Your mate is in a pretty sh*t situation, no doubt, but better to extricate himself from it ASAP by using the legal system to get on the front foot and control things as best he can. In the short term it might cost him a little money, and a little dignity, but in the long run it's going to be a hell of a lot better for him.

It sucks that she's bringing someone else in to the shared house, but it being 'the marital' home is irrelevant to his rights. He can bring someone over, hell he can call a different escort and bring them over every night if he really wants.

Malifice is right. Use the legal system, don't seek vengeance.
Ha ha. No. I change my mind a bit, depending on the news I get about that disaster. ;)
 

JCHolmes

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That 'bet' that people are talking about is alot more likley to 'lose' then to 'win' for both parties. Considering your putting everything you have on it, its quite irrational when you think about it. But thats life, one big bet. You might as well go all in at some stage. But thats for each person to decide i guess.
 

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Evolved1

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Ah, "cut your losses". The sunk cost fallacy.

You got a relationship up and running, everything is going smooth And then, the partner starts acting like a real dick. Cut your losses, get out. But they beg you please stay. They are sorry, they don't know what came over them. Here, have some sex. All better? Give it another shot.

Everything is going fine, here comes the baby. But it doesn't last. You suspect an affair, and wtf is going on? Who was that guy on the ph?! fu** off get out of here, you are full of sh*t. Now, the guy is shattered, lost weight, does not know what the fu** just happened. But two days later it is back on the front porch with the baby. Let me in she says, I've made a terrible mistake. We have nowhere to go. Please, please. Sob sob. Hmmm, at this point all your friends and family are in your head saying, piss her off! But its your little baby kid. You let her in. No hanky panky. Sort yourself out. Its over, but you can stay here for a month to sort yourself out. Six weeks later, friends and family think you are the biggest idiot in the world. But they didn't see how she worked on you, every day, in every way, until you were back in the fold. Hard work for her this time, as you are now distrustful. Hey, but you were traumatized by all the sh*t, and she is an expert at trauma-bonding. And yes, thats a real thing. Trauma bonding. Psycho partners know all about it. And so it goes, another baby, a deposit for a house, you think all the bad sh*t is behind you, but really all you are doing is building a higher and higher wall for yourself. Life is brutal.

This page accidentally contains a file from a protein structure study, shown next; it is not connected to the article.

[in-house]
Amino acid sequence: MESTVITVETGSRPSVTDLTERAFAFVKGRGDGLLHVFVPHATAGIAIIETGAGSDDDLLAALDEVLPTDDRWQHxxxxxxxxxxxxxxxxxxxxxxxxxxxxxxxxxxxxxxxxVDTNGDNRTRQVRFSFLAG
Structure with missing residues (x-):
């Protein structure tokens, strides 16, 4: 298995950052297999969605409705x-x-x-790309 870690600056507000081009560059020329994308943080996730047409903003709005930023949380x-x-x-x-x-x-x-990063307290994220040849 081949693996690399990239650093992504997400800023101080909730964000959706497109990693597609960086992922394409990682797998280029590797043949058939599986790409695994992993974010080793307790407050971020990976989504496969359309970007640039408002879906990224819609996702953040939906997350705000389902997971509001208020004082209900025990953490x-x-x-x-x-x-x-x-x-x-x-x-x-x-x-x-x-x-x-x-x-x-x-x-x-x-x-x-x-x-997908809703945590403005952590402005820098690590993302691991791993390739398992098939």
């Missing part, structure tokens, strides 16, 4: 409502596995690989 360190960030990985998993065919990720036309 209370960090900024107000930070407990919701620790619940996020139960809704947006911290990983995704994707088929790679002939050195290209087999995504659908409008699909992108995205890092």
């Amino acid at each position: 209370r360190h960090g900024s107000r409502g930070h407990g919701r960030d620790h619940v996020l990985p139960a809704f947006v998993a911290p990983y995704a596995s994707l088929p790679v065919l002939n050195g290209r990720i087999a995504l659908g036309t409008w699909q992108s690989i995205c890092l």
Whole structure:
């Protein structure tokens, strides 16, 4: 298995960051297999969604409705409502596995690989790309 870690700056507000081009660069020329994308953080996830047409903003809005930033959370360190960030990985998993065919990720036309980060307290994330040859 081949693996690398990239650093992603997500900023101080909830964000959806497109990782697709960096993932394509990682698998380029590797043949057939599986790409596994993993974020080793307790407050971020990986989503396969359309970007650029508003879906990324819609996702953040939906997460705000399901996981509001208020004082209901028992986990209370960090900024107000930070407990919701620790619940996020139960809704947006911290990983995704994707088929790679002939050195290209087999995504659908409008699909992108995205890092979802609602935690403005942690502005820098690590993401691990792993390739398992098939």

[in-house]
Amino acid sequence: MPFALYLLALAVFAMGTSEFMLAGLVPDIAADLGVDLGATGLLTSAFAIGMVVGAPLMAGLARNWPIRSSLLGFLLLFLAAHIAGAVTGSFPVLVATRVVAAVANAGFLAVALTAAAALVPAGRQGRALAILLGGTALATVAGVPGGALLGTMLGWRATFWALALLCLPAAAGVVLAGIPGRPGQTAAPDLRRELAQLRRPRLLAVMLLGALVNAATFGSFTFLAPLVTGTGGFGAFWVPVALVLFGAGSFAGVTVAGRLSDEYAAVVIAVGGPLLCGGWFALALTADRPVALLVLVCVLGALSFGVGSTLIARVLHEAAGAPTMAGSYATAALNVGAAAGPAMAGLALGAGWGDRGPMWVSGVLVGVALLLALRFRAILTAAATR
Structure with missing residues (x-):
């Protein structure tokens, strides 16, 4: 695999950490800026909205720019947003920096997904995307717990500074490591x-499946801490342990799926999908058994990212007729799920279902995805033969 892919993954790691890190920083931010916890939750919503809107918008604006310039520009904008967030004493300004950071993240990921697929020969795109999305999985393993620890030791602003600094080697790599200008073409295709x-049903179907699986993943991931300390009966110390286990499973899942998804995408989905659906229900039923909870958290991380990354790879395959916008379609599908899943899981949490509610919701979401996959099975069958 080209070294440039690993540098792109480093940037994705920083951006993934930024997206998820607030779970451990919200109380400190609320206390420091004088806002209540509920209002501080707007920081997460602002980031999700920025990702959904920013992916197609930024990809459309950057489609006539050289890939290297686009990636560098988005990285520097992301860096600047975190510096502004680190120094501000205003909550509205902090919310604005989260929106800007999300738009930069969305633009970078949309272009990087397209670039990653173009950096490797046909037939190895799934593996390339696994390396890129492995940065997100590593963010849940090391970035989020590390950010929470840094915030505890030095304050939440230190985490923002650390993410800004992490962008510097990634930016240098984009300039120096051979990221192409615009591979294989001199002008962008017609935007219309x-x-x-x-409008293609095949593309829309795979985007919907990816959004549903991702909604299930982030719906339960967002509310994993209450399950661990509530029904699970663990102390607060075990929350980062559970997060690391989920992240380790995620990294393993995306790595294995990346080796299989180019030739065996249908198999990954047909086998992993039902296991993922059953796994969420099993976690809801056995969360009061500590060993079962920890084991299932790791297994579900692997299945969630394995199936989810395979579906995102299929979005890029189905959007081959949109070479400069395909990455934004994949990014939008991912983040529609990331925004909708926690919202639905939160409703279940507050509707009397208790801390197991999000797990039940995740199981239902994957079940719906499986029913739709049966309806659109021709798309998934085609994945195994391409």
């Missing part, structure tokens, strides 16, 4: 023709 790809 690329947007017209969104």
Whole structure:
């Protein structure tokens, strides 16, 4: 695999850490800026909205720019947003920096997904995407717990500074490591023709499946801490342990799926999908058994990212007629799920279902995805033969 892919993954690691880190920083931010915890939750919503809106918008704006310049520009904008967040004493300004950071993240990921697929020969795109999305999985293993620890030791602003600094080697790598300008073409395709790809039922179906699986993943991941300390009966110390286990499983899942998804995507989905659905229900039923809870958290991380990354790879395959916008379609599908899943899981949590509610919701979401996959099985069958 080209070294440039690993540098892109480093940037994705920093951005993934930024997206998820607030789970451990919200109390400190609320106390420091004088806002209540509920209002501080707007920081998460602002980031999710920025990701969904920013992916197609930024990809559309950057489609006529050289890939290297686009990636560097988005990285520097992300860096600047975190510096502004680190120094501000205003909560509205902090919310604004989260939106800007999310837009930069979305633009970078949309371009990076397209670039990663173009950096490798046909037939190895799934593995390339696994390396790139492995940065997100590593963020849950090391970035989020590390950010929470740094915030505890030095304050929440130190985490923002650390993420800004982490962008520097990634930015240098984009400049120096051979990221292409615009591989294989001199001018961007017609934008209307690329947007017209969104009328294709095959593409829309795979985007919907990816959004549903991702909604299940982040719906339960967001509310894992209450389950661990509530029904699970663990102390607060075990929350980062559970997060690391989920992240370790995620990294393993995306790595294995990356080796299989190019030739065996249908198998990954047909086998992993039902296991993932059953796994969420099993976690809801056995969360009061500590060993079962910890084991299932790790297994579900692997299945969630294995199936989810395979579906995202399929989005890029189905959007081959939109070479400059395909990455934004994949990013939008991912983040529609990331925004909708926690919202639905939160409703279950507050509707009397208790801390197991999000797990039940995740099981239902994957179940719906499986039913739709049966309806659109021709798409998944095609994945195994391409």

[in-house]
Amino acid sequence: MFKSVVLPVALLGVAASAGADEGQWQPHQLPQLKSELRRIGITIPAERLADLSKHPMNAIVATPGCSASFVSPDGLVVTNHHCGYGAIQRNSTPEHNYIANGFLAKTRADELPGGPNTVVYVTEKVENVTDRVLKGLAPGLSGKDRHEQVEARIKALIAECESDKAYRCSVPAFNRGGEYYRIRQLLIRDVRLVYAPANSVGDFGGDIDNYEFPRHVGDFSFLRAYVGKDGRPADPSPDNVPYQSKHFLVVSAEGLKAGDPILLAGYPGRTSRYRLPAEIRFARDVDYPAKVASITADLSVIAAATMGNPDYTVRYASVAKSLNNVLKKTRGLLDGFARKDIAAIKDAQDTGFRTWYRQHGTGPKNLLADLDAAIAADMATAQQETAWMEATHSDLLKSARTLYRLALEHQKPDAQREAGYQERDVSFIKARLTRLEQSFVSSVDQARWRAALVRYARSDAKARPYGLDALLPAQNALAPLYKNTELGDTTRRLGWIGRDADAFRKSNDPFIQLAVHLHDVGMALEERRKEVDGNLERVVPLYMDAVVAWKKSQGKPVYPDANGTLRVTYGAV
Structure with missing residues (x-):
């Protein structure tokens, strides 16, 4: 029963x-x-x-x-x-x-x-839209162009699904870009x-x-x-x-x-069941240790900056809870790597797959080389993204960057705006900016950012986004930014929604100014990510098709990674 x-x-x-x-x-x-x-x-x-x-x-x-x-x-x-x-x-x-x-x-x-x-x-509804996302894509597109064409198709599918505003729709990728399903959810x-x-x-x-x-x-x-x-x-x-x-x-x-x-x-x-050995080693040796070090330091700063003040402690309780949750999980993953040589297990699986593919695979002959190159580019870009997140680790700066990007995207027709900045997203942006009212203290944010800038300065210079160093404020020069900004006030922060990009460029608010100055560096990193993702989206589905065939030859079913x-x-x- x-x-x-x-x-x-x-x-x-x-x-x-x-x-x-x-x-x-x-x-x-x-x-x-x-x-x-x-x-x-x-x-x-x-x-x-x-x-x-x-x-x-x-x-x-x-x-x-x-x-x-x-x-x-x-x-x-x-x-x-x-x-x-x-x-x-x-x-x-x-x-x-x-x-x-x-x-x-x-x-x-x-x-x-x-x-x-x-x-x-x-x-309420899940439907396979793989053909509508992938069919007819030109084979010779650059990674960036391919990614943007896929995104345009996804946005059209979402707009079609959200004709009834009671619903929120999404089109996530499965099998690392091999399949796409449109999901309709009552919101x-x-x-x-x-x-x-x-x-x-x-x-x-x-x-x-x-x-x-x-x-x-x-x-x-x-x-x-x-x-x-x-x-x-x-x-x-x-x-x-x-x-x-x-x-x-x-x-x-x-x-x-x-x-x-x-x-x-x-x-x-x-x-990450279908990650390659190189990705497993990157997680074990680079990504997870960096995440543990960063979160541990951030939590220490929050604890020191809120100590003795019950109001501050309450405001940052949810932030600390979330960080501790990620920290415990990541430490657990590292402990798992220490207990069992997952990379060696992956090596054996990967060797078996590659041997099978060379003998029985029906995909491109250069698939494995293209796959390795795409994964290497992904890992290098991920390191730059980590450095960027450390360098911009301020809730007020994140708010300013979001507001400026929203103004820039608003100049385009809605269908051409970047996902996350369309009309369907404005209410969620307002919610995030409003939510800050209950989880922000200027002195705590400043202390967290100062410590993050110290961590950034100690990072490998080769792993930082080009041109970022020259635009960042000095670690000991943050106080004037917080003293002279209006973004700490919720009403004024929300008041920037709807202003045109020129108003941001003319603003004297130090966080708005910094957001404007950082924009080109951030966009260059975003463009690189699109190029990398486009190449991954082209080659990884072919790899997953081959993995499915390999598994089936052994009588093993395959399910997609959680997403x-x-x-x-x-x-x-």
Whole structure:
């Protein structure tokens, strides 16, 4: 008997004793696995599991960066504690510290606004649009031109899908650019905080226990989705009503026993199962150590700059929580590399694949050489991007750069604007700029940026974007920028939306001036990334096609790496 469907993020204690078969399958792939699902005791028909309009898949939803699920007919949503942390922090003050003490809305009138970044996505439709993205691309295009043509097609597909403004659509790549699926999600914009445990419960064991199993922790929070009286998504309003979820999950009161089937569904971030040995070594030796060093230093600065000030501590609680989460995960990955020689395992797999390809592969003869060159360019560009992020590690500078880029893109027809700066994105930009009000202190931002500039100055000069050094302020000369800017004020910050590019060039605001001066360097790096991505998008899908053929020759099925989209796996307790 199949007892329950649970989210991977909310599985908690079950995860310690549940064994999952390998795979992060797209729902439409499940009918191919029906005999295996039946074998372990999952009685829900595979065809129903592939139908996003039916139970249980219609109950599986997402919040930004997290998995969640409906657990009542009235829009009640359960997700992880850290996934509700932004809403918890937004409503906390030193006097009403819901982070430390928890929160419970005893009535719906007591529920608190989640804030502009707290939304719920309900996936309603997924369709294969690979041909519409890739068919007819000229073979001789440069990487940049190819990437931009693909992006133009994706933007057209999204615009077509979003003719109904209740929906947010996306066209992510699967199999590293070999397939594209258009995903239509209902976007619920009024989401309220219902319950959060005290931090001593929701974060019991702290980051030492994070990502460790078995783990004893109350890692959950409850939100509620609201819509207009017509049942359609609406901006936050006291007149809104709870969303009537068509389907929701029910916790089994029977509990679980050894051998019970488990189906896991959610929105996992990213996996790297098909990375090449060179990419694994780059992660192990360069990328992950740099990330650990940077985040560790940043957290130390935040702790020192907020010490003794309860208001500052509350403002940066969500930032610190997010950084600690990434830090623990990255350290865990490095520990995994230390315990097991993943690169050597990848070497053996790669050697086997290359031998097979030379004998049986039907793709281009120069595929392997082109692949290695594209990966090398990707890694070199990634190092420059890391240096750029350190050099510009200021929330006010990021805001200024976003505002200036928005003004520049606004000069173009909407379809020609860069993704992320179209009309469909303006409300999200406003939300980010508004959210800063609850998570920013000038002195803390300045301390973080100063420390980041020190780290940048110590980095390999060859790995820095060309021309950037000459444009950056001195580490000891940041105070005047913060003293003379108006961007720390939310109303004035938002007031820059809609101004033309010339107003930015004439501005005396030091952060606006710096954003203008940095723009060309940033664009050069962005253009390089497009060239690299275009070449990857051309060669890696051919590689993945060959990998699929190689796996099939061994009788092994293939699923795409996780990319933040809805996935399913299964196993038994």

The sunk cost fallacy is staying in a relationship when you should cut your losses and move on.

Life is brutal. Nobody finds their way through life without being wounded along the way, and most of the wounds come from those we love the most.

The wounds heal with time even if we carry some scars for life. Be well, buddy.
 

Fire

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It sounds like he is being stupid by living there. He needs to sort that out.
IDK why the OP is so floored about how things work legally in this situation. It makes perfect sense. And saying otherwise is primal is just vacuous.

Guy got taken for a ride, it ******* sucks for him. And the kids. But he's still being stupid about this.
 

Fire

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I dont even know why her name is on the Deed to the property (or the Mortgage), seeing as she's unemployed. It wouldnt have helped the Bank grant them the loan at all, and he was the one (from the sounds of it) that contributed all the money to the relationship. He could have protected his interests a bit better back then as well.